The city of Paso Robles is located in San Luis Obispo County in central California. Famous for over 200 wineries covering more than 40,000 acres of planted vineyards, there is much more to this unique region than fermented grapes corked in a bottle.

The full name of Paso Robles “El Paso de Robles” in English means “El Paso de los Robles” … which is the essence of this article … going through the wonders that surround this enchanted enclave.

A little history

Paso, as the locals call it, is a relatively small farming / cattle town with a population of about 30,000 people and is known for its wineries, almond orchards, and olive oil production, topped off with hot springs that was the tourist attraction. original from Paso. .

Paso Robles has a vibrant downtown area consisting of exceptional dining options and eclectic shopping options with something for everyone’s taste and imagination. The “Main Street Association” is a very good source of information (PasoRoblesD Downtown.Org) with their motto “Where they all come together” … and it’s true.

Therapeutic hot springs of Paso

As with most travel experiences, it is the journey and the unexpected that leave an indelible mark on your memory. In the case of Paso, it’s the pungent sometimes pungent smell of sulfur that adds something extra.

The abundant hot springs are known for their therapeutic and rejuvenating benefits and were therefore a major draw in the early days of the city’s history.

The Salinan Indian tribe was the original colony of this area. In the early 1700s, they introduced newcomer Franciscan priests to the beneficial effects of water. Subsequently, the Franciscans introduced the locals to farming, ranching, and … wait … wine-making and vineyard cultivation.

The hot sulfur springs still flow through Paso Robles and are open to the public at three locations: River Oaks Hot Springs Spa, Franklin Hot Springs, and in select rooms at the Paso Robles Inn.

A special treat: the Paso Robles amphitheater

Viña Robles Vineyards and Wineries has been in the wine business since 1996 and began hosting an annual Summer Concert Series in 2007. The combination of live music and wine under the stars was so successful that they decided to create the Viña Amphitheater. Robles in 2013.

The Amphitheater is one of the largest open-air venues for arts and entertainment in San Luis Obispo County and offers a concert season that runs from April through November and features world-class acts from around the world and in all genres. Legendary Tony Bennett performing on a hot, starry summer night … 100 feet away … it was a magical experience.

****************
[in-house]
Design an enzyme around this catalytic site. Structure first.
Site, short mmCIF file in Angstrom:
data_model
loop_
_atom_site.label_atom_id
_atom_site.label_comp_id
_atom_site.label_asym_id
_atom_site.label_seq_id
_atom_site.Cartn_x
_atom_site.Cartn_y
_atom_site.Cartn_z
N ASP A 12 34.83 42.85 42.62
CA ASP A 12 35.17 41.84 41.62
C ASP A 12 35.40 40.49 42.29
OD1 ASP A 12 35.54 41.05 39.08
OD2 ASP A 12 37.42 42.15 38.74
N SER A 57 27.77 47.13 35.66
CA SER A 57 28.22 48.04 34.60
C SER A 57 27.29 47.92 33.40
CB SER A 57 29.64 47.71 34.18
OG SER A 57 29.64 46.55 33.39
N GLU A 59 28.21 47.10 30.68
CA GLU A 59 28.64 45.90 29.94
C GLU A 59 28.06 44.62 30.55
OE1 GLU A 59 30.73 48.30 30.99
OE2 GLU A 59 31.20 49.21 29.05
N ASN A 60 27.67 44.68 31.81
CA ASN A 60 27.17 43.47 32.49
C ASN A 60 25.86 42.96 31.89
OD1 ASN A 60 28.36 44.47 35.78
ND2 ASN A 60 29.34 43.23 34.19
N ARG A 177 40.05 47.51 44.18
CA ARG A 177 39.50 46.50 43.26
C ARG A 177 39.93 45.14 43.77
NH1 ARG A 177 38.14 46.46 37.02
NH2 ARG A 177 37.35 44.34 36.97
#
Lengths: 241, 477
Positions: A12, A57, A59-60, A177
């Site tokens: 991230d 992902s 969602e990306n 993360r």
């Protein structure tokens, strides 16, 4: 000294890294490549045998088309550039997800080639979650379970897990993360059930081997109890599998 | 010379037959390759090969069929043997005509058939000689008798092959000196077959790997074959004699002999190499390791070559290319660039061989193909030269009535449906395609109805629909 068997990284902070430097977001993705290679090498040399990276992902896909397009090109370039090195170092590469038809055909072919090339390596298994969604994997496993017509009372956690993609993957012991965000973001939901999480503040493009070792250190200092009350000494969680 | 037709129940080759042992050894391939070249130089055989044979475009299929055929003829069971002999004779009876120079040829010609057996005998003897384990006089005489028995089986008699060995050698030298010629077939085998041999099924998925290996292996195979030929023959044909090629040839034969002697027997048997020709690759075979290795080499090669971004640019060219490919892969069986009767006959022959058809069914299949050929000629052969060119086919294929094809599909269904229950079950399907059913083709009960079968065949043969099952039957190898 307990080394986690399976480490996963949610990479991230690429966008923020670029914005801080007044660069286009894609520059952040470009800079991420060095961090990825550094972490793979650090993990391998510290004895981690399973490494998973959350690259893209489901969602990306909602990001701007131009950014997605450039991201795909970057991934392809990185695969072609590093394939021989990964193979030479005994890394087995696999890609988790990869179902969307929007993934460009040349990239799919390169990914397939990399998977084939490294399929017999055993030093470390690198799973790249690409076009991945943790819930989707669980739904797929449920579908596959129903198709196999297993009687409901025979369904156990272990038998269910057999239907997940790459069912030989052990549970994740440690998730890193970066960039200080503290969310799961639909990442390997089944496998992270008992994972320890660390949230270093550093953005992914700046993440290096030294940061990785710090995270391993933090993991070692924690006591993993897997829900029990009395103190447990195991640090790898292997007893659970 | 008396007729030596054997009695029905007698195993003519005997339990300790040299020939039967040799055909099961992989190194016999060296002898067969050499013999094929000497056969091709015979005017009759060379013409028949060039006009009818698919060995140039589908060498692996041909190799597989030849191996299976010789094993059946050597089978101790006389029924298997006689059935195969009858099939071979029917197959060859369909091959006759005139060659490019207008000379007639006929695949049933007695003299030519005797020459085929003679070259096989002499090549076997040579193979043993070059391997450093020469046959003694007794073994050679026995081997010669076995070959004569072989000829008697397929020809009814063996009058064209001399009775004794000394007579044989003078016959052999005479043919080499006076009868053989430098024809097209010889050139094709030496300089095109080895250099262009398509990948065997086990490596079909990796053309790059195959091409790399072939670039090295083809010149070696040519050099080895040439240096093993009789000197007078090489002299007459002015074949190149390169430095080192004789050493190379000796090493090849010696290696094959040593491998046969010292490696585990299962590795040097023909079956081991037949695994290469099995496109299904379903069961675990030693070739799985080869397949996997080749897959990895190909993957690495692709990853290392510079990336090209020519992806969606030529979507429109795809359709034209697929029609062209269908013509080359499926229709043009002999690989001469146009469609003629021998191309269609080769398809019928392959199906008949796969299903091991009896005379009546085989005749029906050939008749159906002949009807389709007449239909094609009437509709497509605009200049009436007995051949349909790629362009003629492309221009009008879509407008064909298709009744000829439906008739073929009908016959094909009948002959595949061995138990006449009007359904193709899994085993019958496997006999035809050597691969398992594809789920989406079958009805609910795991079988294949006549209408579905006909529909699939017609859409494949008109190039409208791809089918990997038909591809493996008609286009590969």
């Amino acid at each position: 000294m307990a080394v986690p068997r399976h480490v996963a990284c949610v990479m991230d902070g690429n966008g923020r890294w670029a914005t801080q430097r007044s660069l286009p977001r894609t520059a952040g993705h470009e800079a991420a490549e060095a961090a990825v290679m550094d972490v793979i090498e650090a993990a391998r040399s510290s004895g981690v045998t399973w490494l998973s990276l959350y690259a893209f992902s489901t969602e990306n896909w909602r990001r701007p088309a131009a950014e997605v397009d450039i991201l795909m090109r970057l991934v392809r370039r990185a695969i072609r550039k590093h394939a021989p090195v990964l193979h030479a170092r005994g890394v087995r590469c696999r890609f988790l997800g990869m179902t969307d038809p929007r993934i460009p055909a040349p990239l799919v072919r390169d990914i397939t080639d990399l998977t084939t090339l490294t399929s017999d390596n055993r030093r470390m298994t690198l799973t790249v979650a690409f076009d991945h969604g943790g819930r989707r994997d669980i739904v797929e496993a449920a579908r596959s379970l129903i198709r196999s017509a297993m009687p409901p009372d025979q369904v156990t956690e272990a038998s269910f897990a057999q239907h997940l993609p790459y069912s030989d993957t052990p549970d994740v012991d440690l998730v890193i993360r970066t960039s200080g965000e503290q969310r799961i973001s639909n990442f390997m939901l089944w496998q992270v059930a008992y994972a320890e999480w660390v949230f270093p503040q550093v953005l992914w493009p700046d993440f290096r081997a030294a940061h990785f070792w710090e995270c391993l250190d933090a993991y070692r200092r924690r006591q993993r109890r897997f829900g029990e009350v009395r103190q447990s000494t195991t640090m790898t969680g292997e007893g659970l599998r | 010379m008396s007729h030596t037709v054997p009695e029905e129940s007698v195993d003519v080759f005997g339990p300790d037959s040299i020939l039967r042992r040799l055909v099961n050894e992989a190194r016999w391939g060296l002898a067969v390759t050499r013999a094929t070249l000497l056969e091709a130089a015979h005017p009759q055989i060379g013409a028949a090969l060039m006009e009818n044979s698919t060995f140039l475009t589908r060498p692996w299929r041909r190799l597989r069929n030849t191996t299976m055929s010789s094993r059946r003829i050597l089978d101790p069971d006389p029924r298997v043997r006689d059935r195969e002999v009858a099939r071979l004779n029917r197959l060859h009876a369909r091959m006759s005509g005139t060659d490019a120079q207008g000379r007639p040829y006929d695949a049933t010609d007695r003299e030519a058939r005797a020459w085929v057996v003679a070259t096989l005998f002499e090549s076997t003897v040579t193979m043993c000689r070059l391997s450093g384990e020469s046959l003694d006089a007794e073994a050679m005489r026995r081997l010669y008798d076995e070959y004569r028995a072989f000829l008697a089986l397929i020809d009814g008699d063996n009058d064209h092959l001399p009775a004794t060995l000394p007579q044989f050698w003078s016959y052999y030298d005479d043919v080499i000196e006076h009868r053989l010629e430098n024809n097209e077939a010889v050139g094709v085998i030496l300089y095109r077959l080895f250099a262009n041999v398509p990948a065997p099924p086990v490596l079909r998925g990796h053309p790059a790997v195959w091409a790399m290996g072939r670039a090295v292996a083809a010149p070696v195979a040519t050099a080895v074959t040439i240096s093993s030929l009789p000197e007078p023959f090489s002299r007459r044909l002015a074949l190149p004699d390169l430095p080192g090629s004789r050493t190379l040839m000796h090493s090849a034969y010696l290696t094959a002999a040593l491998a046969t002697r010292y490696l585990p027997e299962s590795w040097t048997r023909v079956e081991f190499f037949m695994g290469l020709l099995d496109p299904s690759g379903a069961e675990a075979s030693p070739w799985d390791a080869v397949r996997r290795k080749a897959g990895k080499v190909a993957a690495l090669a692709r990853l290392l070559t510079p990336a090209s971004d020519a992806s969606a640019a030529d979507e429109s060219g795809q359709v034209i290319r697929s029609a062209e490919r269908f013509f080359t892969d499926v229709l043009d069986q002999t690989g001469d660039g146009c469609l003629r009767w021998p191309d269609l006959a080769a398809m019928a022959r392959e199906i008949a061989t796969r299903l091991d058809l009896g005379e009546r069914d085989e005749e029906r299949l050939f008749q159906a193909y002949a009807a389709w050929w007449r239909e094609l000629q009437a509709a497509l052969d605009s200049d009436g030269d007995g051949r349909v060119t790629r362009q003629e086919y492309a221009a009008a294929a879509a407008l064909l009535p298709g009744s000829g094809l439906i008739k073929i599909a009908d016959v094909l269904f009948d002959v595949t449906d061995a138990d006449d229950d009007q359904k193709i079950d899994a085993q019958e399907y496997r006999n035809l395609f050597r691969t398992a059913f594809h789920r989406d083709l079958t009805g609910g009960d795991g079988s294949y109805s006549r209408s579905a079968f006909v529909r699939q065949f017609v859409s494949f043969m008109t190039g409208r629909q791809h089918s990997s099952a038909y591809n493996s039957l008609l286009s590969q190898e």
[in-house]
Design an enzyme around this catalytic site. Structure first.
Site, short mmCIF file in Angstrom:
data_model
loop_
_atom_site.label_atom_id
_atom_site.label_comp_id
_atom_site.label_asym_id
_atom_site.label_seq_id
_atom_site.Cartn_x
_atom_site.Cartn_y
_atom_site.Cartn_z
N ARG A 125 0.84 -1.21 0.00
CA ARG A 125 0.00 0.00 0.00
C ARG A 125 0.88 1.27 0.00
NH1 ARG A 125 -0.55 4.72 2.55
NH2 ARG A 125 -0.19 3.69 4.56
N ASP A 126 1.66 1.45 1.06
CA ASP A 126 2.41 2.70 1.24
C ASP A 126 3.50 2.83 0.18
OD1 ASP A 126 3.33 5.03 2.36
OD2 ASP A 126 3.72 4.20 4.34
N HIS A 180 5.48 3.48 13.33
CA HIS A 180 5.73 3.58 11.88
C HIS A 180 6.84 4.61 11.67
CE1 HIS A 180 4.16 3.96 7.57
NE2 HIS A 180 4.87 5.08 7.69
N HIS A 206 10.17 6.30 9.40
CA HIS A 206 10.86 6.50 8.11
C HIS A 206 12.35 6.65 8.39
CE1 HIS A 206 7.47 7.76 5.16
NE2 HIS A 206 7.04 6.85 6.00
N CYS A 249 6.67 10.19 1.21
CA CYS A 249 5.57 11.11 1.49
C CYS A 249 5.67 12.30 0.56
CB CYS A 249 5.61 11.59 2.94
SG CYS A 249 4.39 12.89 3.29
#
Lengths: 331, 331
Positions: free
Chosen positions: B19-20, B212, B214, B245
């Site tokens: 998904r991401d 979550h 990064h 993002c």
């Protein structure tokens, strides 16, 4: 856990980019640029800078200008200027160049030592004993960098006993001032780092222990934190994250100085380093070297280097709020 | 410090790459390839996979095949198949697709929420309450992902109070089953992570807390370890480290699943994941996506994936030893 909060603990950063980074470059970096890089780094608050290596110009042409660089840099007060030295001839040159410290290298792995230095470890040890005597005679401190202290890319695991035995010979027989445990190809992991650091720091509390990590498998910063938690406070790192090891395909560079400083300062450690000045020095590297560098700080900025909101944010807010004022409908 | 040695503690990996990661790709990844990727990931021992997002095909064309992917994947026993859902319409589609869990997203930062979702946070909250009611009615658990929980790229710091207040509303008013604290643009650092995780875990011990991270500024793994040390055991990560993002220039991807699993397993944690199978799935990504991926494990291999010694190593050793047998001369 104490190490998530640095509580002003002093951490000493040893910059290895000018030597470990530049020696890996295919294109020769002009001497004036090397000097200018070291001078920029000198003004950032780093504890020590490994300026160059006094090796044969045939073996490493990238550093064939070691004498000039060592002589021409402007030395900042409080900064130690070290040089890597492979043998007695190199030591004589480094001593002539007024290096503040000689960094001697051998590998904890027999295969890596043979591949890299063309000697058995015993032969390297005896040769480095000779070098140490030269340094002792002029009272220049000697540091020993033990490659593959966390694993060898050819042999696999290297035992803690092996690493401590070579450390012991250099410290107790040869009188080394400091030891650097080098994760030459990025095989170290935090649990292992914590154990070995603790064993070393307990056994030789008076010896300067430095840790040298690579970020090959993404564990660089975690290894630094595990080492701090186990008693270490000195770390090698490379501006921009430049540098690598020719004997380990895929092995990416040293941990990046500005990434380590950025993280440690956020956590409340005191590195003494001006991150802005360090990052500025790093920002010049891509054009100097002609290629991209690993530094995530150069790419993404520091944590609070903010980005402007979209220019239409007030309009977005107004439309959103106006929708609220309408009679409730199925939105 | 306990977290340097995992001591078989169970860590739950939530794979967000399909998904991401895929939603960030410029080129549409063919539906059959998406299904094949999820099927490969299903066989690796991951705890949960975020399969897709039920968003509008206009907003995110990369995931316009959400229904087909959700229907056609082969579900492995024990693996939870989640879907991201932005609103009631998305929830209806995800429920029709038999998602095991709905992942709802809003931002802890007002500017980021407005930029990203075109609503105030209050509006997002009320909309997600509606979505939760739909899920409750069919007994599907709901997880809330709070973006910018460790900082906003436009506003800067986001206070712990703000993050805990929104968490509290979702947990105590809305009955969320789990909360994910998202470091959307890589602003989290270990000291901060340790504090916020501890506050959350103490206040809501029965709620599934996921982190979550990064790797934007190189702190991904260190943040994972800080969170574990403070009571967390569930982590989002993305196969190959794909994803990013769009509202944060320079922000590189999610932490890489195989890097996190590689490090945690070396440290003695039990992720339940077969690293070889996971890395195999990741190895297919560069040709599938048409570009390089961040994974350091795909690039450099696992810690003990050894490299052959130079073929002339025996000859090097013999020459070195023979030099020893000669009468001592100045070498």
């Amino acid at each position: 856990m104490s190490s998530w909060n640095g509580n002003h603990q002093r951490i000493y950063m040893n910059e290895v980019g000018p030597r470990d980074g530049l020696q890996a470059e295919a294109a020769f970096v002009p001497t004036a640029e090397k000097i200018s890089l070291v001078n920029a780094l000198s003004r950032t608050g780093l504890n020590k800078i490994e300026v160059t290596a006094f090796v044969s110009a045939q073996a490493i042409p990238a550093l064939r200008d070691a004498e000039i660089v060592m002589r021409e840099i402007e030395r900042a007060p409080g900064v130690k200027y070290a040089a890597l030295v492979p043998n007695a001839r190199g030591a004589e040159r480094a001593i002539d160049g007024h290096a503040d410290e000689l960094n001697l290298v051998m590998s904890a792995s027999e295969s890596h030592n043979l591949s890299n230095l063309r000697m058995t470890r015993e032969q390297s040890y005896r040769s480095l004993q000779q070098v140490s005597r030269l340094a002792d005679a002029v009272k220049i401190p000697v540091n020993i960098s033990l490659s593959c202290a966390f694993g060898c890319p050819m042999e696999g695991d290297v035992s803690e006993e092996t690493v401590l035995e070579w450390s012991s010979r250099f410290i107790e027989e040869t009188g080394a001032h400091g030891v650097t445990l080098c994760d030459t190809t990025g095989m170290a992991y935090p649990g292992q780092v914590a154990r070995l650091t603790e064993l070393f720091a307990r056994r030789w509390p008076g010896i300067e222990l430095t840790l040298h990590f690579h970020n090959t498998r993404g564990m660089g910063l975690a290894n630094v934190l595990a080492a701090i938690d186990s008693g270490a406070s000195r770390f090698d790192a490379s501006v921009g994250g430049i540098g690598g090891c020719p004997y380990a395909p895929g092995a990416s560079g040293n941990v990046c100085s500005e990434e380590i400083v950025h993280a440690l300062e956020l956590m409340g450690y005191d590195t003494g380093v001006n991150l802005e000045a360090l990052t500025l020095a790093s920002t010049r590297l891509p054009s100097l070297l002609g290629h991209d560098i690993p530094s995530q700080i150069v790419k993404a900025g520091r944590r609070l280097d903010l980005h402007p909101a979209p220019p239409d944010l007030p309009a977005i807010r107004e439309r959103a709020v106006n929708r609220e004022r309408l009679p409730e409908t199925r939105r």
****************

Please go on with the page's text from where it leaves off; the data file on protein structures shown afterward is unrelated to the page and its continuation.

There is no “bad” seat in the house and all reasonably priced to suit everyone’s budget … general admission lawn seats to VIP boxes … all 150 feet from the stage.

Tin city

When visiting Paso, a must stop is on the east side of Highway 101. A group of enterprising people created a collection of industrial buildings known as Tin City.

Their goal is to showcase their unique creations, such as small production wineries, breweries, distilleries, cider houses and an incredible pasta factory and their new restaurant. You can watch them prepare the pasta while enjoying their great main dishes.

Parking is plentiful and you can easily walk through the entire cluster of buildings established within a two- to three-block radius. Of course, a stop along the way can include a beer garden serenaded by a local band while participating in a unique tasting experience.

Excellent logistical jump point

Located on US 101 and halfway between Los Angeles and San Francisco, this area is an excellent destination for a road trip.

Paso is a strategic starting point with easy access to the scenery that made this part of California famous, including unique towns and villages like Morro Bay, Cambria, Harmony, Cayucos, and San Simeon … home to the magnificent Hearst Castle.

A road trip into the past – Hearst Castle

The California Department of Parks and Recreation manages more than 280 park units and this palatial property is considered one of the crown jewels of the system.

In 1919, newspaper publisher William Randolph Hearst, along with architect Julia Morgan, began plans to build a hilltop home on their ranch in San Simeon. With large sums of money at his disposal, the “house” became a Mediterranean Renaissance estate that he called “La Cuesta Encantada”.

The story is also lovely, but in 1947 the project was not finished yet. Unfortunately, Hearst’s health became a problem and he had to leave his home … all 165 rooms on 123 acres of waterfront property with gardens, decks, and pools … but the home became a a full-blown castle.

In this case, a picture is worth a thousand words … for more in-depth information and hopefully a trip to The Enchanted Hill … visit Hearstcastle.org

A road trip to the Point Piedras Blancas neighborhood

Driving five miles north from Hearst Castle, along one of California’s most picturesque views, brings you to a unique destination and experience … the Piedras Blancas elephant seal colony.

The colony stretches along 6 miles of coastline with ample parking and easy access, as well as teachers to provide information.

The observation areas are open every day of the year, are wheelchair accessible and are free. Reservations are not required.

Summary

Paso is known for its wine and exceptional dining options, but in reality, after a few tasting sessions, your taste buds go flat. To get the most out of your visit, you should explore the many day trip options and experience a part of California that made the Central Coast famous.

After all, what’s the rush … be inspired …

© 2019 Inspired Travel Itineraries with Bob and Janice Kollar

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